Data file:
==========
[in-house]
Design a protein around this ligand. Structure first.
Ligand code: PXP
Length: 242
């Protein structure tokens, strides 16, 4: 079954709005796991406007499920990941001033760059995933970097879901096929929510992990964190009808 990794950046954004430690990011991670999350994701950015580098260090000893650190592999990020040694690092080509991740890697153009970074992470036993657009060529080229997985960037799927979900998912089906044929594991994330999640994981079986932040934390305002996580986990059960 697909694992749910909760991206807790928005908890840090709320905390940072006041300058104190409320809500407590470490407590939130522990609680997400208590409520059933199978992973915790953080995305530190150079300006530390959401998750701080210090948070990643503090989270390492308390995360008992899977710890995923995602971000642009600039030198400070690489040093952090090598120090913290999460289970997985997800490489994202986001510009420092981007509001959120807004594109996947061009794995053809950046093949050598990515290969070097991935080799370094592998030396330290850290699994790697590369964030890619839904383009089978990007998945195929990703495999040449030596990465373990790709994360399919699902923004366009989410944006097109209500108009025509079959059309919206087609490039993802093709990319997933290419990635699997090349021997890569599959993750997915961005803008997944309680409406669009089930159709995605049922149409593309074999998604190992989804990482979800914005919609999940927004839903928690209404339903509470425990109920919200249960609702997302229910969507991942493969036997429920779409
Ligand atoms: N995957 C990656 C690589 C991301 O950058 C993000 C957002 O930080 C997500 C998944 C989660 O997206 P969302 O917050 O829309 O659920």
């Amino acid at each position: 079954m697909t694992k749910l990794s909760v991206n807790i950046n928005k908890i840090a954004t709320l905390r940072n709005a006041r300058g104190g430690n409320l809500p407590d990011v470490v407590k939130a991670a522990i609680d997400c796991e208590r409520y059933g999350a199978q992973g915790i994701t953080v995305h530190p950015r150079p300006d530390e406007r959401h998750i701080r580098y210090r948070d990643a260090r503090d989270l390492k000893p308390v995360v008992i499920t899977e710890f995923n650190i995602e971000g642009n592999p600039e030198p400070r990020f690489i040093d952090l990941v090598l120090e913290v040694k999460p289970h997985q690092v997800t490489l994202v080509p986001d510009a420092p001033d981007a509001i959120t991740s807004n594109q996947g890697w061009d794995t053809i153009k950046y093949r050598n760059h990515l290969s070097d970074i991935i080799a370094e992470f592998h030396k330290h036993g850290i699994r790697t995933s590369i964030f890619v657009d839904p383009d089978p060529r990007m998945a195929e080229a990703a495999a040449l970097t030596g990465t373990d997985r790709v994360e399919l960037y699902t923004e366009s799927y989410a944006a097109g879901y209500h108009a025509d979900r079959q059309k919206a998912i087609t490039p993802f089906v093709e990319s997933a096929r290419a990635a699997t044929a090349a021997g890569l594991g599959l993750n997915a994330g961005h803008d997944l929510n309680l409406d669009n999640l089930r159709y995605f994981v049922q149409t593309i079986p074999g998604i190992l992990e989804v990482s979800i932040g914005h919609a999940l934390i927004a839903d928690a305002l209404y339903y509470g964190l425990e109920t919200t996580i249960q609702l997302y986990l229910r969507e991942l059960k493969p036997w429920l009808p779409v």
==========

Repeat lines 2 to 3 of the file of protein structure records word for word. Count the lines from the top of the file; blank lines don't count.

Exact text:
Design a protein around this ligand. Structure first.
Ligand code: PXP